Outbreak Company is definitely a better show than I figured it would be going in, though I’m at the three-episode cutoff and it’s still right on the edge as far as blogging is concerned. It was certainly a lot of fun going through all the seemingly endless meta-references this week (the shout-out to Minaki-ke certainly being my favorite, though hardly a surprise given the studio) and the series has shown an inclination to take on serious social issues. But it still strikes me as largely constrained by the very cliches it aspires to satirize.
That alone is a very interesting problem as anime problems go, and might just be enough on its own to keep me plugged in for a while. Also interesting is the social commentary aspect of Outbreak Company – I haven’t quite decided if it’s trying to simplistically hold Japan up as a model of enlightened egalitarianism for the world to envy, or use the device of Eldant as cover to condemn Japan’s history of isolationism and xenophobia in a way anime normally can’t get away with through more direct means. Again, I’m curious enough to find out that I might stick around for a while on that basis alone.
I’ve talked a lot more about the ideas behind Outbreak Company than I have the execution of the show itself, which I suppose is a compliment to the premise in a way. But the execution is by no means irrelevant, and on-balance I’d say it’s been pretty good so far. The latest wrinkle is a right-wing terrorist group called Baydona that’s taken offense at Shinichi’s insistence on building a school to teach the ways of Japan to the Eldantinians – even (gasp) the commoners. Their leader gives a defense of their worldview that’s pretty much a grade-school history reader version of fascist thinking – the superiority of the master race, manifest destiny, protecting against the poison of foreign culture and ideas. Of course the truth is that there are people in the real world who think this way – not just the monsters who throw acid in schoolgirls’ faces and blow up embassies but politicians in places far too close to home (both in countries where anime is made and where it’s watched). So, simplistic though its presentation may be, Baydona’s way of thinking isn’t completely irrelevant to reality, and certainly not in a country with Japan’s history.
There’s some drama involving Myuseru at the close of the crisis at the school, but I don’t think there’s a whole lot of suspense over how it’ll turn out. It was certainly interesting to see her break out some Elven magic, and I suppose her actions will spark a predictable change-of-heart in Petrarca, who up to this point has been pretty much an annoying cliche that’s failed to rise to the level of satire. This Zero no Tsukaima-esque side of Outbreak Company hasn’t been its strongest feature so far, and it’s where the show feels most like the type of series it’s trying to parody. Even there we have two sides of the story, though, because it seems as if O.C. is offering a kind of defense of anime as pure escapism – which makes trying to figure out where the meta-line of the show is all that much harder to do. As anime problems go, that’s at least more interesting than most.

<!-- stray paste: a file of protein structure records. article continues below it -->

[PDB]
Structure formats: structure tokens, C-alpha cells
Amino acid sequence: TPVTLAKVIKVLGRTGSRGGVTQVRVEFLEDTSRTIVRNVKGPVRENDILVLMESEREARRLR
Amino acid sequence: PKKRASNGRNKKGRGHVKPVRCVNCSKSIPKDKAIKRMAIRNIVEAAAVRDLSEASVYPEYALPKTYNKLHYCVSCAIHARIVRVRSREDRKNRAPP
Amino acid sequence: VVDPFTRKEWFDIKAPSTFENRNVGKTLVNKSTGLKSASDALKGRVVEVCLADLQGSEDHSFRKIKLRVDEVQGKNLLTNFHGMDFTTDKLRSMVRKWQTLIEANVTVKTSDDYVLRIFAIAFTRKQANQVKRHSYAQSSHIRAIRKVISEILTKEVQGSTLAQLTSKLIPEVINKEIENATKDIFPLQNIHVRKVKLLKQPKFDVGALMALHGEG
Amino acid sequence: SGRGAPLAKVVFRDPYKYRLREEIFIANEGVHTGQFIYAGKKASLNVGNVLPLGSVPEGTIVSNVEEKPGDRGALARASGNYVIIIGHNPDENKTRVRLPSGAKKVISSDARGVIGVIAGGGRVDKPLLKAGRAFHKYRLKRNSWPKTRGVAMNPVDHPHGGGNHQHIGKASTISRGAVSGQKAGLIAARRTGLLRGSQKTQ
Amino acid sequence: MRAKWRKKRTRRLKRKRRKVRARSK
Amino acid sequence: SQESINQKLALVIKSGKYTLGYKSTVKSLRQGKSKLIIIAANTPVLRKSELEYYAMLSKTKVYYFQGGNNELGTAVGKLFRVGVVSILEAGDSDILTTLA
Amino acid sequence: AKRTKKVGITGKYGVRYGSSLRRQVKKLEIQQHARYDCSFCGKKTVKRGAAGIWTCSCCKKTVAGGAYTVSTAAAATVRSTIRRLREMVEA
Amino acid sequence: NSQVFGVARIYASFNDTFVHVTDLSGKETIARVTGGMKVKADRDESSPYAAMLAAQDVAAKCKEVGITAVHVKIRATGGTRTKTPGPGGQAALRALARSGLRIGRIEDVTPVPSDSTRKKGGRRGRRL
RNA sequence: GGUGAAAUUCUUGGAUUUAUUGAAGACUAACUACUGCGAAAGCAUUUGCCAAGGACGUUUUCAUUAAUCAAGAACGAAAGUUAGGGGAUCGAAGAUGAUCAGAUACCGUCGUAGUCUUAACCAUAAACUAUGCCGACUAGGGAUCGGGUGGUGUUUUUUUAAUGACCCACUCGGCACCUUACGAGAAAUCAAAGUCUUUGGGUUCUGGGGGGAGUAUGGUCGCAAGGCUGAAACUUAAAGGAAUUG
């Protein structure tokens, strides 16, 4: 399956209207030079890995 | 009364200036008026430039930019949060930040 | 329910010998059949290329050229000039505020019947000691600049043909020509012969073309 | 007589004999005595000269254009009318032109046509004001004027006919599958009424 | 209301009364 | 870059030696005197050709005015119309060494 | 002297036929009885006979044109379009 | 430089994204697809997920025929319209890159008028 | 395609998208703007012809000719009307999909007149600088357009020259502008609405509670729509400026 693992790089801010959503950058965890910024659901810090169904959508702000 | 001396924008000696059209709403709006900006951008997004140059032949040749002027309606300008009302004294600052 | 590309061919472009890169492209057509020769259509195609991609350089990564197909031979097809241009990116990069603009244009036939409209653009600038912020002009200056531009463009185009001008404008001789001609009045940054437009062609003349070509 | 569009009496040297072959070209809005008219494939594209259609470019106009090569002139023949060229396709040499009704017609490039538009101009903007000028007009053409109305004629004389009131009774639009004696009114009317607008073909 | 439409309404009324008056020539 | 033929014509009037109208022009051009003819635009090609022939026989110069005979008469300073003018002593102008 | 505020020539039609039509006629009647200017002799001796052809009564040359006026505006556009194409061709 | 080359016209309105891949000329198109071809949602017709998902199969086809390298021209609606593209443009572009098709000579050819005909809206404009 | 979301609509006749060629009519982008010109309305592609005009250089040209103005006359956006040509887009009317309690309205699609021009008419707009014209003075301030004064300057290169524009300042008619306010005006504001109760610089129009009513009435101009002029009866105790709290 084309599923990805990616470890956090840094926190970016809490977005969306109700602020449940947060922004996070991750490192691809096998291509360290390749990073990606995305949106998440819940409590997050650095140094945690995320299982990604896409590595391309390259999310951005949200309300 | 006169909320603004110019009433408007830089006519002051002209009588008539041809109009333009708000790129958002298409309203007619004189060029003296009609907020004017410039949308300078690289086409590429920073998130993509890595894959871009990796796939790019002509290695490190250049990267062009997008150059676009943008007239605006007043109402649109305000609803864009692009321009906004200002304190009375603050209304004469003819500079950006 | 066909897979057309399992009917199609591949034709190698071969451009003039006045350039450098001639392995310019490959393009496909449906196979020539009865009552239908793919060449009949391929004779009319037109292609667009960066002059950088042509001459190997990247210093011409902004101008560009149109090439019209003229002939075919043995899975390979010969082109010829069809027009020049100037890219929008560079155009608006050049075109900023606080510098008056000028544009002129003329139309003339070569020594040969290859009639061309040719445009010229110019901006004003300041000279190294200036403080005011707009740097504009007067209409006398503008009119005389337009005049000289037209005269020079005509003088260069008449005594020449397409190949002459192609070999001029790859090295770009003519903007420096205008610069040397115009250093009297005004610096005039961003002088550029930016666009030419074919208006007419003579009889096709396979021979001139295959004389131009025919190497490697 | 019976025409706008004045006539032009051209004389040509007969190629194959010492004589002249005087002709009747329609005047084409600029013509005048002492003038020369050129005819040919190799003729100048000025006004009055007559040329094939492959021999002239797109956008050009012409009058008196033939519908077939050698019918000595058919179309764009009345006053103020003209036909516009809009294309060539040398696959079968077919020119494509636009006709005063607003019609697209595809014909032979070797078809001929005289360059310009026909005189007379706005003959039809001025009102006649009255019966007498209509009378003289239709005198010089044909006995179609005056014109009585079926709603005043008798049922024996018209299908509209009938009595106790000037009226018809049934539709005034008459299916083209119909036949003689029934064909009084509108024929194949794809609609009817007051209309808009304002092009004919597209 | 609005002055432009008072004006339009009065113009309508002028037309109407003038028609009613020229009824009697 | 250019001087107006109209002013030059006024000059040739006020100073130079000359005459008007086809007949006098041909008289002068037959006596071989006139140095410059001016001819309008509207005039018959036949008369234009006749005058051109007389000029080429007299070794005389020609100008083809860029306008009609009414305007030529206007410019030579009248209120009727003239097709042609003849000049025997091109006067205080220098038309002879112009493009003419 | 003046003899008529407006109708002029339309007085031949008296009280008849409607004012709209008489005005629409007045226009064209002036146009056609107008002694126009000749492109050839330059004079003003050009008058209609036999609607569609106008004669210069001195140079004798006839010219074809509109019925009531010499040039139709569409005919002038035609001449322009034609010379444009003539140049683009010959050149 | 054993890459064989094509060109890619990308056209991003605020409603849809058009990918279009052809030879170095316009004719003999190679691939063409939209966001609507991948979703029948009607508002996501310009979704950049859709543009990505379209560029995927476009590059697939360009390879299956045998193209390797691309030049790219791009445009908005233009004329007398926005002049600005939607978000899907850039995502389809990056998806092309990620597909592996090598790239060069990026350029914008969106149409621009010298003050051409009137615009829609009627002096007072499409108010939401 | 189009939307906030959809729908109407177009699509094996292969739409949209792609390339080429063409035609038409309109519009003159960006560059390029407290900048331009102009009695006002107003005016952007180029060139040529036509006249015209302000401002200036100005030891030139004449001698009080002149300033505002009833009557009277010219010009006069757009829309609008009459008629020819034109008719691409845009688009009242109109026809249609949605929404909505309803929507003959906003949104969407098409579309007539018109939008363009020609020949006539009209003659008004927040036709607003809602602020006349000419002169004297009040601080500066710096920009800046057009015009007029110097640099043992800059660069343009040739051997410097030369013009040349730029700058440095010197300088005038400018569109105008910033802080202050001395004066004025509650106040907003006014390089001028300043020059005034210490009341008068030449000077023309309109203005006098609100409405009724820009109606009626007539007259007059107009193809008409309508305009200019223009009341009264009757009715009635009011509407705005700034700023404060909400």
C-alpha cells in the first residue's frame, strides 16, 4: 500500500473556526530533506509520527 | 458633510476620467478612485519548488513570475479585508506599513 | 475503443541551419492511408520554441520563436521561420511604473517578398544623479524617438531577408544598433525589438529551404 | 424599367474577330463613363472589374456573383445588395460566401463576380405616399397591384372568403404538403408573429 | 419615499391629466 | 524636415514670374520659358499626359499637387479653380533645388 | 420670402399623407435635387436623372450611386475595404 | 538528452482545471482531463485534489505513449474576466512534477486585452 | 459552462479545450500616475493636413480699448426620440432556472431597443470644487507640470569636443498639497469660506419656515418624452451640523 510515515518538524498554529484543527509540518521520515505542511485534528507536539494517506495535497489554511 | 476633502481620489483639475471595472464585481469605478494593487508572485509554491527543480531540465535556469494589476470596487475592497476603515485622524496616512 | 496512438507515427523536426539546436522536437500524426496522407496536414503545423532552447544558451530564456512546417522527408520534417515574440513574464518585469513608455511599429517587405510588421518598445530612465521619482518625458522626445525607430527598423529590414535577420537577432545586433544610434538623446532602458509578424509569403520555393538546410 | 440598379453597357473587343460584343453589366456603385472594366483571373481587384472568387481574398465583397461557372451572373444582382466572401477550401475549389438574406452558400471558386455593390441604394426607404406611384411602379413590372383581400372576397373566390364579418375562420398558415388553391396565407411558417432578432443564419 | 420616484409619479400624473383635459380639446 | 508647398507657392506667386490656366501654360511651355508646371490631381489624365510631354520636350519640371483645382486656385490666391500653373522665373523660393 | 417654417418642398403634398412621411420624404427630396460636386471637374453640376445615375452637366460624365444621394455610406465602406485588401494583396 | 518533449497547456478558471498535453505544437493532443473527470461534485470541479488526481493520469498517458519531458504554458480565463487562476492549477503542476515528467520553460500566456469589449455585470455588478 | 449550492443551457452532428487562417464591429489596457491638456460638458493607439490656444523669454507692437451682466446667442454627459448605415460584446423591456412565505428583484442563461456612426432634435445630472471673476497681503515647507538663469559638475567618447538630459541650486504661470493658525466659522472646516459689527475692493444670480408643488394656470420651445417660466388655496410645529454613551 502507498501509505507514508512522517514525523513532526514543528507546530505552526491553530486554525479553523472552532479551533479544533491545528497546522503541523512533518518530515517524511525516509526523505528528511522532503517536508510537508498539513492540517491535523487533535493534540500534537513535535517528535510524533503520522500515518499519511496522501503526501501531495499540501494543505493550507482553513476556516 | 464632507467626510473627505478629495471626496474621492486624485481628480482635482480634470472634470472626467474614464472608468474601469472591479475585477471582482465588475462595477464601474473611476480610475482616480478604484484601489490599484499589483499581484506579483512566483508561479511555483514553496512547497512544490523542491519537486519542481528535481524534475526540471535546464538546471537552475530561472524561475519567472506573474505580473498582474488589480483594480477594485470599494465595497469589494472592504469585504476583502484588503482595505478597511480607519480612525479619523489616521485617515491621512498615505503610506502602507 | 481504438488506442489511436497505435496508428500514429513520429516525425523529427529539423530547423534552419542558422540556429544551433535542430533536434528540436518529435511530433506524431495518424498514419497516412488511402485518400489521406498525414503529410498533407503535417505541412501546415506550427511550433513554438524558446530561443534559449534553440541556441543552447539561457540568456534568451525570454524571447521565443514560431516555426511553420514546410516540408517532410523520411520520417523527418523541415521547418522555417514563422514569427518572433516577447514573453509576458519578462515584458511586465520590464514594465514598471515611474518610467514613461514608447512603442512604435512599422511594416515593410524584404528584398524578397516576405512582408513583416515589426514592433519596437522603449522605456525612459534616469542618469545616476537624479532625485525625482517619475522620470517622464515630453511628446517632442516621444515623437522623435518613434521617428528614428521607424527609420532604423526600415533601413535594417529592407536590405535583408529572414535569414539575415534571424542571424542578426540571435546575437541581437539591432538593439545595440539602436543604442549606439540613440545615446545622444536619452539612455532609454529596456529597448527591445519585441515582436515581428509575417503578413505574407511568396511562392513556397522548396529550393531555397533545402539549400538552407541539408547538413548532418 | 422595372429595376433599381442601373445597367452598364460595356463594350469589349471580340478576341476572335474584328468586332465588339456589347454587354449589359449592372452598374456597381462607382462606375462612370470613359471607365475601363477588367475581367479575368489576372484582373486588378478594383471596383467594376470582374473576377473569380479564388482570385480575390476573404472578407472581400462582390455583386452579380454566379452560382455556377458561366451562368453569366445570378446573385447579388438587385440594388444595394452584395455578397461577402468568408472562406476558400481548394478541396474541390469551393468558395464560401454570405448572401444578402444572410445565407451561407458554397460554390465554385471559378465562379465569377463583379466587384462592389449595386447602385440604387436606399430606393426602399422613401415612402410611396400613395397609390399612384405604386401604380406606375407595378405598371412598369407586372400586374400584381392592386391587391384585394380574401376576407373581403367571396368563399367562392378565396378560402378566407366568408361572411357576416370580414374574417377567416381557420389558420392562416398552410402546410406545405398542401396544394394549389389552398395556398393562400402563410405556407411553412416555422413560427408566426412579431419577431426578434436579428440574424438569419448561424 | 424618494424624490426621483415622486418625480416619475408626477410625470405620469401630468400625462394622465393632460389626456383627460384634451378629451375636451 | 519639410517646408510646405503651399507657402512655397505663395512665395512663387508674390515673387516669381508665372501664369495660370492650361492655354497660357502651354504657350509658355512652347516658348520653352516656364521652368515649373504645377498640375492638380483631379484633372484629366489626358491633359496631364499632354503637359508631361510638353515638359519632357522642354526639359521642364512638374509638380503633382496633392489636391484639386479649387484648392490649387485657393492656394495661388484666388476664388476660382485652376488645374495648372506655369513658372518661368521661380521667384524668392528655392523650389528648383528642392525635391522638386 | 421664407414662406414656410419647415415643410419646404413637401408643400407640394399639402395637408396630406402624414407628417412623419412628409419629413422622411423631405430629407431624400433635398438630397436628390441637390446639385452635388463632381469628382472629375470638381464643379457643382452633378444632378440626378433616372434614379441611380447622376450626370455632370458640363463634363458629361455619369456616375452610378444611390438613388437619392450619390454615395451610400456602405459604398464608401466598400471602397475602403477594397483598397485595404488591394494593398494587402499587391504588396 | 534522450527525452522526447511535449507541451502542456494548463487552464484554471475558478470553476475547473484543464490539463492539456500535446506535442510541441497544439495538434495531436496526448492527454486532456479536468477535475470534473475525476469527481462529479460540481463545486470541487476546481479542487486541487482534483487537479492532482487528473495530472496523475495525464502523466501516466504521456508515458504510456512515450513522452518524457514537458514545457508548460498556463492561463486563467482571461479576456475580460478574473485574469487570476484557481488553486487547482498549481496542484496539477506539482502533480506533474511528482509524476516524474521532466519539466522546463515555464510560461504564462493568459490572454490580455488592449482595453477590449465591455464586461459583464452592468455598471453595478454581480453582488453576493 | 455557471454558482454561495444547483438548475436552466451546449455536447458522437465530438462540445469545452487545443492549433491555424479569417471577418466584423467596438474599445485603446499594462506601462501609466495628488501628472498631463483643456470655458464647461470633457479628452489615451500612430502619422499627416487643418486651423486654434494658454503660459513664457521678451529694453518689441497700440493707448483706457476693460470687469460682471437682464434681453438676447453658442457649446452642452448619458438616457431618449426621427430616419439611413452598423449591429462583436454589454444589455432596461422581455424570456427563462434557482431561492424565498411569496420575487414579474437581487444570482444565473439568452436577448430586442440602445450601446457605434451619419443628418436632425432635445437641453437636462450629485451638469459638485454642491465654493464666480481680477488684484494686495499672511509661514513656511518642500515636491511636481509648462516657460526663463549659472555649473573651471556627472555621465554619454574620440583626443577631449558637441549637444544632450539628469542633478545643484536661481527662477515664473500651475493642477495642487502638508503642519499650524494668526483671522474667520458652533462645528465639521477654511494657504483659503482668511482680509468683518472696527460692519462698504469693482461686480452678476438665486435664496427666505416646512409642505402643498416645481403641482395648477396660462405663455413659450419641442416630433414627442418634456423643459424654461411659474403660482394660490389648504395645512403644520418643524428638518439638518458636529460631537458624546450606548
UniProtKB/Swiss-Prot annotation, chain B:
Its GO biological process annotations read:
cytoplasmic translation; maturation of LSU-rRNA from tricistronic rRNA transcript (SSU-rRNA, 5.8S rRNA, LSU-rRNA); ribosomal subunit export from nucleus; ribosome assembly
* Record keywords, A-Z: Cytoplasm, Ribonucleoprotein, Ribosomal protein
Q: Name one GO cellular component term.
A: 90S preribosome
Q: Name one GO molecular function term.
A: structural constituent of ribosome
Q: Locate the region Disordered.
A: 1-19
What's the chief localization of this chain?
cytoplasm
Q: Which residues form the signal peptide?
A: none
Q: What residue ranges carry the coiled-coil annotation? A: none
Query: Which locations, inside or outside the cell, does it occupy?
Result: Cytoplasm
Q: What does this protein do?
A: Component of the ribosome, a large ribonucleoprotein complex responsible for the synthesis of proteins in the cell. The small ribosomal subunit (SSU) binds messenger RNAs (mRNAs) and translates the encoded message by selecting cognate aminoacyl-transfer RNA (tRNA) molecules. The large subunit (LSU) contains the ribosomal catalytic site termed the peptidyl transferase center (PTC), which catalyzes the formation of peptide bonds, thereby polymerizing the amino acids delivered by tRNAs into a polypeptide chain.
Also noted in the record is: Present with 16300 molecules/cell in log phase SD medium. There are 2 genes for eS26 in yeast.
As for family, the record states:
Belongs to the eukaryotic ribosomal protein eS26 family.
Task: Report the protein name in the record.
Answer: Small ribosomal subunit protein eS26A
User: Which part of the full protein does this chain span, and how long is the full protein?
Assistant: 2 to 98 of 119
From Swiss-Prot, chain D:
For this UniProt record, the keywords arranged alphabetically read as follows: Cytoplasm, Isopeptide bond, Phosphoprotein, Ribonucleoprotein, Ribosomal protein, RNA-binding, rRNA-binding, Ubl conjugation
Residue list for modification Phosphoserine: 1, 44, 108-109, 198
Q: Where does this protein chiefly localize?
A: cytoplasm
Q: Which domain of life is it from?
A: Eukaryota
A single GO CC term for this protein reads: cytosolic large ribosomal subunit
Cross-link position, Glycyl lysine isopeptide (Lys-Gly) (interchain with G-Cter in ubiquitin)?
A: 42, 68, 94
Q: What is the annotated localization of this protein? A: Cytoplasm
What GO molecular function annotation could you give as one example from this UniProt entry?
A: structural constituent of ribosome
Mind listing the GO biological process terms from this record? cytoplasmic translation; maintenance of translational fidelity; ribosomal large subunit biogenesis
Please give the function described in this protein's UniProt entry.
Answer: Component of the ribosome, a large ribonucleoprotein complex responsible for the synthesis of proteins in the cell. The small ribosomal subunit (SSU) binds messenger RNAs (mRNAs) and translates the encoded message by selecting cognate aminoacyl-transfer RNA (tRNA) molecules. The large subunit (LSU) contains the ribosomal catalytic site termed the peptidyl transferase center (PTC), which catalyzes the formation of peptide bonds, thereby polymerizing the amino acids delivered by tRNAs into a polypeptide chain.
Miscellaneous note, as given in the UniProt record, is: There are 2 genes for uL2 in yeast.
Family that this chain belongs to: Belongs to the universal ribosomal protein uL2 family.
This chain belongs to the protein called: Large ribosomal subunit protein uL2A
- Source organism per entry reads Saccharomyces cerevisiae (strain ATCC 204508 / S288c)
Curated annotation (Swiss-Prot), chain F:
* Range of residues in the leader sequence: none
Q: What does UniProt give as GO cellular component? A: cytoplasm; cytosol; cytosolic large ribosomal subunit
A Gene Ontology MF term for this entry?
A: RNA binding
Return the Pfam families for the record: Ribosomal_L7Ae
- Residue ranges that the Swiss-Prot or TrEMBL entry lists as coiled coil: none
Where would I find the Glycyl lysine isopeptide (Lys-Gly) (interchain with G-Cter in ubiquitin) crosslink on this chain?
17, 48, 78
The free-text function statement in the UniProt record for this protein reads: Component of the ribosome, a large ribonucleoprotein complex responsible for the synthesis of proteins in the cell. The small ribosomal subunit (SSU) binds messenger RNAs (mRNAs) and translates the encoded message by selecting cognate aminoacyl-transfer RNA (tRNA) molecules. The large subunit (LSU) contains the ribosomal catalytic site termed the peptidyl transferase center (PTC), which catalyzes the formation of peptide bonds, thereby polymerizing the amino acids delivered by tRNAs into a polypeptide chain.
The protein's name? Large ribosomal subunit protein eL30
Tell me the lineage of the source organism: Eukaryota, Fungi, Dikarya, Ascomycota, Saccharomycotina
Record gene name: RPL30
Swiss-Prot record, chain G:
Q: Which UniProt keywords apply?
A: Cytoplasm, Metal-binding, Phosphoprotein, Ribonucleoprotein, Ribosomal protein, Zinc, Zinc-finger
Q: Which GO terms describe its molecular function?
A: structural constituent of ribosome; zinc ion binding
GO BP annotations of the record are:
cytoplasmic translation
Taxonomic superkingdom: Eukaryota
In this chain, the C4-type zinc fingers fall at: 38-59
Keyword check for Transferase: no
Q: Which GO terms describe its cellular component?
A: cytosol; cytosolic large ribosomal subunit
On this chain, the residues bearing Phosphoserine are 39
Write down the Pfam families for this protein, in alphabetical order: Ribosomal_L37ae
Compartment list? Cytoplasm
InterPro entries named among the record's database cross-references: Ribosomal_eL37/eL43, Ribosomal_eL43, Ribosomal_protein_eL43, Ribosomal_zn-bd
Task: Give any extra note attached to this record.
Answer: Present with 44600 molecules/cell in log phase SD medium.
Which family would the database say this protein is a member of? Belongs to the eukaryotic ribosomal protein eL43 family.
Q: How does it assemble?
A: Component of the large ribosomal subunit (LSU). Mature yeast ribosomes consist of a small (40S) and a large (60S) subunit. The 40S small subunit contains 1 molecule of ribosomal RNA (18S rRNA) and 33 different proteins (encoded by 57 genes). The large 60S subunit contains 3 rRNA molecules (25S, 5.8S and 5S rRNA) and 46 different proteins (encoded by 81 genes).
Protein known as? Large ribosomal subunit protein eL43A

Log Horizon – 03
The three-episode rule claims a victim here, as I’m just not seeing enough in Log Horizon to keep me hanging around. There’s a certain sanctimonious quality to the “This is not Sword Art Online!” claims defenders of LH make around-the-clock, but to be honest while I acknowledge that there are differences and it’s not anyone’s responsibility to defend a comparison made by someone else, I don’t see these two shows as being as dissimilar as those claims would indicate.
In the first place, a good deal of the praise I see heaped on Log Horizon could just as easily have come from discussions about SAO if you just changed the word “Akatsuki” to “Asuna”. Are they the same character? No – but the “waifu effect” is still the core of the appeal. A cute assassin who calls the hero “My Lord” despite the fact that they’re the same age in real-life? No wish-fulfillment there, no siree… And the first quest of LH? Let’s go rescue a moeblob imouto type. And that doesn’t sound like it fell of the pages of SAO? I see the same problem here as I did with Maoyuu – the author may in fact want to do something more meaningful and thought-provoking, but he can’t resist using an endless string of clichés in the process.
I certainly don’t think Log Horizon is as self-serious or ponderous as SAO (nor is it as visually appealing or possessed of as interesting a virtual setting), and there are interesting elements in the premise here. It has an undeniable geeky cred in getting the details right that justifiably appeals to hardcore RPG experts. Plus, the idea of Nakata Jyouji playing a cat-man called Nyanta has a definite appeal. But I’m just not finding enough that’s compelling about LH to make it a really engaging series – I don’t find any of the characters we’ve met original or particularly charismatic, and the art and animation (Moria has certainly looked better) is decidedly average. It can certainly be argued that Log Horizon and Outbreak Company are treading similar ground in terms of using tropes to try and transcend them. I guess the reason I’m still engaged enough with the latter to probationally continue it and not the former is that I think Outbreak Company is taking a more interesting approach, and executing it in a more interesting way.